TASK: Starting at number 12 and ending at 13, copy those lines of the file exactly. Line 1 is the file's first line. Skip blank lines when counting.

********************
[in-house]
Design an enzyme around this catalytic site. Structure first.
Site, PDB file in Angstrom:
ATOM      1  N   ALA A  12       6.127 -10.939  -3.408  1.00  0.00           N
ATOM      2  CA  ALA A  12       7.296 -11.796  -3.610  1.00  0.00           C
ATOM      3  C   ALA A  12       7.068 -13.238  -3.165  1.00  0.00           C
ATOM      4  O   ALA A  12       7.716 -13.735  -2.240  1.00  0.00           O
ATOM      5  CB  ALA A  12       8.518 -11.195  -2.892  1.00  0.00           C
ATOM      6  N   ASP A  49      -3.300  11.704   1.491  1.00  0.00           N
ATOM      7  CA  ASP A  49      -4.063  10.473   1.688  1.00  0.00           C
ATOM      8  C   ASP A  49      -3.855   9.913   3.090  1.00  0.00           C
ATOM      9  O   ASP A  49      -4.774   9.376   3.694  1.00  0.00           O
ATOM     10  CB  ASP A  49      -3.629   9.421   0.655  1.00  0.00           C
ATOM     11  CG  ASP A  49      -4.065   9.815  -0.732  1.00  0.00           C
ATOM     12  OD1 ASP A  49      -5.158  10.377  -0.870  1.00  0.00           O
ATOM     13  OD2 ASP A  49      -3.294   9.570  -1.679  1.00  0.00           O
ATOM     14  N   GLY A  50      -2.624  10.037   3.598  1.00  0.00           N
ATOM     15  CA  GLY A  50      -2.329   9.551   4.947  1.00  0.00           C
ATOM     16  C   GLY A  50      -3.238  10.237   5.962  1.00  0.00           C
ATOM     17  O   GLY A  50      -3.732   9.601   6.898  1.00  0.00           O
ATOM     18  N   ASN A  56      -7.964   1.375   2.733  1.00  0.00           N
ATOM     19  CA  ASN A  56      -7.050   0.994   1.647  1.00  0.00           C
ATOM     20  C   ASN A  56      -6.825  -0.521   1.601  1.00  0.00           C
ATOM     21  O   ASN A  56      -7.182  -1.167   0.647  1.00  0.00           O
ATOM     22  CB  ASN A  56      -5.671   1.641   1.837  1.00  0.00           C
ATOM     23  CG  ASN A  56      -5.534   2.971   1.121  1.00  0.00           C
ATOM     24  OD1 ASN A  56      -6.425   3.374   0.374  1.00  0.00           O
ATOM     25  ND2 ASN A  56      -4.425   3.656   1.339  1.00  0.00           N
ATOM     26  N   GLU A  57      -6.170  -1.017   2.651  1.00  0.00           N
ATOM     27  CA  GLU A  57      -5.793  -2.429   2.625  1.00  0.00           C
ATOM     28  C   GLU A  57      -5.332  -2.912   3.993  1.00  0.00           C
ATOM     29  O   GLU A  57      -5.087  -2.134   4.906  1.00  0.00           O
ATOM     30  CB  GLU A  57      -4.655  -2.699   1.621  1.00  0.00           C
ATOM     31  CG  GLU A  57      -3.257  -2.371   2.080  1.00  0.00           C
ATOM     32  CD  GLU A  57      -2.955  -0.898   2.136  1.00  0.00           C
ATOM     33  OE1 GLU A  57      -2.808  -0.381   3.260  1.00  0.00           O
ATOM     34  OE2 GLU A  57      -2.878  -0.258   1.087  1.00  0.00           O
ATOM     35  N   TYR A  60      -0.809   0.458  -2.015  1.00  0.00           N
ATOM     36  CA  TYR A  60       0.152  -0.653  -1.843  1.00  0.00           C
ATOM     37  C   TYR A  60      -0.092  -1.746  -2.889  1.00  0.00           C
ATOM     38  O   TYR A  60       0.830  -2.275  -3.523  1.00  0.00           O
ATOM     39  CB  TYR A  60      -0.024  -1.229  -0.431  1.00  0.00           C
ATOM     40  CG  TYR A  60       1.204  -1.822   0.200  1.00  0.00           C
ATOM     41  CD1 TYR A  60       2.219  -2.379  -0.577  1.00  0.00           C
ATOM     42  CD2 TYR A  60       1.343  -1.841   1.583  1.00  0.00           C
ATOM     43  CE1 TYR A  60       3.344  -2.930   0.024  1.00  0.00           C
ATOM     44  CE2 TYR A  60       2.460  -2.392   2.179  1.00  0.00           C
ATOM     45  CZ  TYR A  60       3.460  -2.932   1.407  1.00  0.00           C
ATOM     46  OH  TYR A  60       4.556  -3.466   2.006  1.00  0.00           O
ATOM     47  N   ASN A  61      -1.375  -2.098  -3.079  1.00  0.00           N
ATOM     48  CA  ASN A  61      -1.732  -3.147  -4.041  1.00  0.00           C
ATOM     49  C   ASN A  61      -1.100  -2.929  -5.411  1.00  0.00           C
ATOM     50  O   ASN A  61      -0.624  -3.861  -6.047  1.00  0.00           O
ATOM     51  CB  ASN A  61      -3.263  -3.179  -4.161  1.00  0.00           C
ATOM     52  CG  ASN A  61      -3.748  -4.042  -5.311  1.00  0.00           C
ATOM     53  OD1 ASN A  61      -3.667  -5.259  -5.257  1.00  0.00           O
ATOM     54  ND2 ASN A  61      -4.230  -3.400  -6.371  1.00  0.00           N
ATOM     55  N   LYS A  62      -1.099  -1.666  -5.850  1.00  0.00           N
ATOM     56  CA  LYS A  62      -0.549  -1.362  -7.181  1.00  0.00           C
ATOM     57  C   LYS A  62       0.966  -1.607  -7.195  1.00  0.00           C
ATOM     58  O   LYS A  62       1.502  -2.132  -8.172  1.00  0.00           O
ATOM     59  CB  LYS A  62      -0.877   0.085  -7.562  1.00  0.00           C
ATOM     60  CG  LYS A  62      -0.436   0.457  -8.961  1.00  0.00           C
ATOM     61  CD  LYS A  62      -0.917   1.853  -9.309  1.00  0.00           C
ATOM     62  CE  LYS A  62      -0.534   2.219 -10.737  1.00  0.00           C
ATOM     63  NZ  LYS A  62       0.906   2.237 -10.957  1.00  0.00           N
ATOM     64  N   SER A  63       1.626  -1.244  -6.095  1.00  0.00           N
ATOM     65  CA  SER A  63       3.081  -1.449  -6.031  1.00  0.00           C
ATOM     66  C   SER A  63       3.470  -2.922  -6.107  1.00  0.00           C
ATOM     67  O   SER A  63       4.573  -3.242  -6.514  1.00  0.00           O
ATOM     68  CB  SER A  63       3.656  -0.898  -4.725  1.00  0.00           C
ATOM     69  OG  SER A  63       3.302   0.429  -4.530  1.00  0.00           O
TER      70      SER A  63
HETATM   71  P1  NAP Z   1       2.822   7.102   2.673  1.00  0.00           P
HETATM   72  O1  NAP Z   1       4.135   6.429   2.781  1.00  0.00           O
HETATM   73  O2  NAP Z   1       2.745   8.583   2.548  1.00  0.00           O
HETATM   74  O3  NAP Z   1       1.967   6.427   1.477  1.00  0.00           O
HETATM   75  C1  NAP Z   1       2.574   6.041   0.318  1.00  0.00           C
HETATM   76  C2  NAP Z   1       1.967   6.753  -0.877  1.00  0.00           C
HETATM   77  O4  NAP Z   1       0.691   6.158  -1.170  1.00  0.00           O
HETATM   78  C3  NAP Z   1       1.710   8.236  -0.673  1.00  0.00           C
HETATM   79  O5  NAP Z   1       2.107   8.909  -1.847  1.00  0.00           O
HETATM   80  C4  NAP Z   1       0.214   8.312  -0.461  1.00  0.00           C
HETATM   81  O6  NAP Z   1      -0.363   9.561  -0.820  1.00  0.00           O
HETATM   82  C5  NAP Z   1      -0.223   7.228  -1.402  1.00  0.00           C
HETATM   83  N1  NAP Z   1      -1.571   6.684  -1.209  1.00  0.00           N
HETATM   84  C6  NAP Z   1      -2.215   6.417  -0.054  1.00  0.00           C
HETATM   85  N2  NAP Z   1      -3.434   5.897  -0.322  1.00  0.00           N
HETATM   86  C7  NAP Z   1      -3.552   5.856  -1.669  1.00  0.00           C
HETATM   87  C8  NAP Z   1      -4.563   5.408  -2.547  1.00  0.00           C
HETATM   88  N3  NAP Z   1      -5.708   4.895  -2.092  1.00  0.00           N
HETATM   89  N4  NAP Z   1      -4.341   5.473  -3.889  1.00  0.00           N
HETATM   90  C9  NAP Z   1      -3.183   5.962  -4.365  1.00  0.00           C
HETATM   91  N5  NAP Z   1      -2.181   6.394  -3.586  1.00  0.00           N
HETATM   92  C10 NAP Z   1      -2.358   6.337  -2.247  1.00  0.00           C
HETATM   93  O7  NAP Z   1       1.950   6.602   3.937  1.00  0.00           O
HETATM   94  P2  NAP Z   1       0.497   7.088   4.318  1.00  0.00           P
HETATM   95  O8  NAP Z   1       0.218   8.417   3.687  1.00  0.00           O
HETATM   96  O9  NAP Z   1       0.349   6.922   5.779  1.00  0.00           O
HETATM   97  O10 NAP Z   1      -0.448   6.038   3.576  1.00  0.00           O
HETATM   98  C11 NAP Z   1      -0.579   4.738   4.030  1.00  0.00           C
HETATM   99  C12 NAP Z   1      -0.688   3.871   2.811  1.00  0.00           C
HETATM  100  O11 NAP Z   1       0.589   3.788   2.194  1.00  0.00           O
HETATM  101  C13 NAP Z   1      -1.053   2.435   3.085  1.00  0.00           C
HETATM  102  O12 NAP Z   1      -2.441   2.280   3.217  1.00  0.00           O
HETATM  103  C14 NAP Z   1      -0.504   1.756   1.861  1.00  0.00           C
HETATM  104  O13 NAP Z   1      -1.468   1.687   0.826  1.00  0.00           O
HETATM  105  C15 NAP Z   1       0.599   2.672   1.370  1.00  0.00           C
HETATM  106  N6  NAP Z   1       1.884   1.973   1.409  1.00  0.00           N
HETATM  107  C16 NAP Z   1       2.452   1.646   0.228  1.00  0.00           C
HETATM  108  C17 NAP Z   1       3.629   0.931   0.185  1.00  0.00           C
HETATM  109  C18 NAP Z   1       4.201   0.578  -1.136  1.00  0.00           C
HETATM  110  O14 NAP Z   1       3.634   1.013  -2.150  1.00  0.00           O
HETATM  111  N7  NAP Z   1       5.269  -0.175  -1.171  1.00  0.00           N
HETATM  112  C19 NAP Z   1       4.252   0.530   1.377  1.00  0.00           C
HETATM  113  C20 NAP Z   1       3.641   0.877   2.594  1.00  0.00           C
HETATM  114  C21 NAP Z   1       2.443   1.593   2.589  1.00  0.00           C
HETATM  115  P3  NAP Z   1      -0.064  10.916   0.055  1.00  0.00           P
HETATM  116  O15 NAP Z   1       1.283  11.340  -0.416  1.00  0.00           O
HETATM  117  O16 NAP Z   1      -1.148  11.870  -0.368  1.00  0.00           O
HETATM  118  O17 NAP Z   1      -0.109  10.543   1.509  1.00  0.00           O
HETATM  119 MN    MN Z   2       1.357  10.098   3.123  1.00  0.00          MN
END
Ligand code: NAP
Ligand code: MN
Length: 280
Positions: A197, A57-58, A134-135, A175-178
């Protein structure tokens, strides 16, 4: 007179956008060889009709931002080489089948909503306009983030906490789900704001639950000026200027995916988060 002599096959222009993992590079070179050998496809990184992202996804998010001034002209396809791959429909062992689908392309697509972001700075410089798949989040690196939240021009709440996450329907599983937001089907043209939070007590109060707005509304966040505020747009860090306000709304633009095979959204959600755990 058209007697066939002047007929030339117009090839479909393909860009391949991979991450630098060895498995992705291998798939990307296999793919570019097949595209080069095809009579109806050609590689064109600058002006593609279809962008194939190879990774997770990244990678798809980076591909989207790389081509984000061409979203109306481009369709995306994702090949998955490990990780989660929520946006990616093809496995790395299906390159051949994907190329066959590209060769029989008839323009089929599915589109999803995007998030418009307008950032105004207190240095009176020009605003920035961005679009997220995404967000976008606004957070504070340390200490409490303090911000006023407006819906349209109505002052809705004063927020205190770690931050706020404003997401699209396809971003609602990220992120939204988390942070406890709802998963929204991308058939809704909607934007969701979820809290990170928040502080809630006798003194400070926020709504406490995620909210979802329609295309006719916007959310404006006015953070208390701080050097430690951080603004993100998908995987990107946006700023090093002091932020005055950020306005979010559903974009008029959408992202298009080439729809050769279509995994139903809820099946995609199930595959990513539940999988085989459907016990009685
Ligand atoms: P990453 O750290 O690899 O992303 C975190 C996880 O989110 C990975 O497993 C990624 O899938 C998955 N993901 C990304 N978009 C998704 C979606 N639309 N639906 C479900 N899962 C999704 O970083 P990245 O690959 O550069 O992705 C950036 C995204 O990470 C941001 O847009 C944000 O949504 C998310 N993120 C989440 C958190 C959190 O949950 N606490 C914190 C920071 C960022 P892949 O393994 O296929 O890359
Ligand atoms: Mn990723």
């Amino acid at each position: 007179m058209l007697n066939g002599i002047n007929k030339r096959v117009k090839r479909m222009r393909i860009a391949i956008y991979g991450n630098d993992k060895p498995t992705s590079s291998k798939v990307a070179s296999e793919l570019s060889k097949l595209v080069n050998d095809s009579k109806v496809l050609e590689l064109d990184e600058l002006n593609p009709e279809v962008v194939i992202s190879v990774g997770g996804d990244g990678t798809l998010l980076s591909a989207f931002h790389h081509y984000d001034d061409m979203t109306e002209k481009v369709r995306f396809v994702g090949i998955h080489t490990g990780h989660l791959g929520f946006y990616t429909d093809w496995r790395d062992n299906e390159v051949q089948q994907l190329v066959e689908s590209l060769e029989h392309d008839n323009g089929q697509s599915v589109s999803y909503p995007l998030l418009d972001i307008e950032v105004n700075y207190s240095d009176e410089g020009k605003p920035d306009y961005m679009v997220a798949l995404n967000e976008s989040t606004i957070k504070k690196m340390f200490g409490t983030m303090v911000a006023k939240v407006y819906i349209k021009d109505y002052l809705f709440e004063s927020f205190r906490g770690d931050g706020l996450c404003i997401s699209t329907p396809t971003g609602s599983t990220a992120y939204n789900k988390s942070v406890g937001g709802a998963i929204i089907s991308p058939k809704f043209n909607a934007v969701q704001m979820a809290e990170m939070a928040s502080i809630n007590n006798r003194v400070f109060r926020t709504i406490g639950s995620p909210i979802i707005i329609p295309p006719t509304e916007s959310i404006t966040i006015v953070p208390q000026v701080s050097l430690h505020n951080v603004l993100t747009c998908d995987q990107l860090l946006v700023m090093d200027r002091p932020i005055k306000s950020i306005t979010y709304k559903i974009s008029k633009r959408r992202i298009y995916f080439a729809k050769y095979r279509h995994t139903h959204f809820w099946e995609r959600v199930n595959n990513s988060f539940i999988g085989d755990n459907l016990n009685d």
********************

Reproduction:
ATOM      9  O   ASP A  49      -4.774   9.376   3.694  1.00  0.00           O
ATOM     10  CB  ASP A  49      -3.629   9.421   0.655  1.00  0.00           C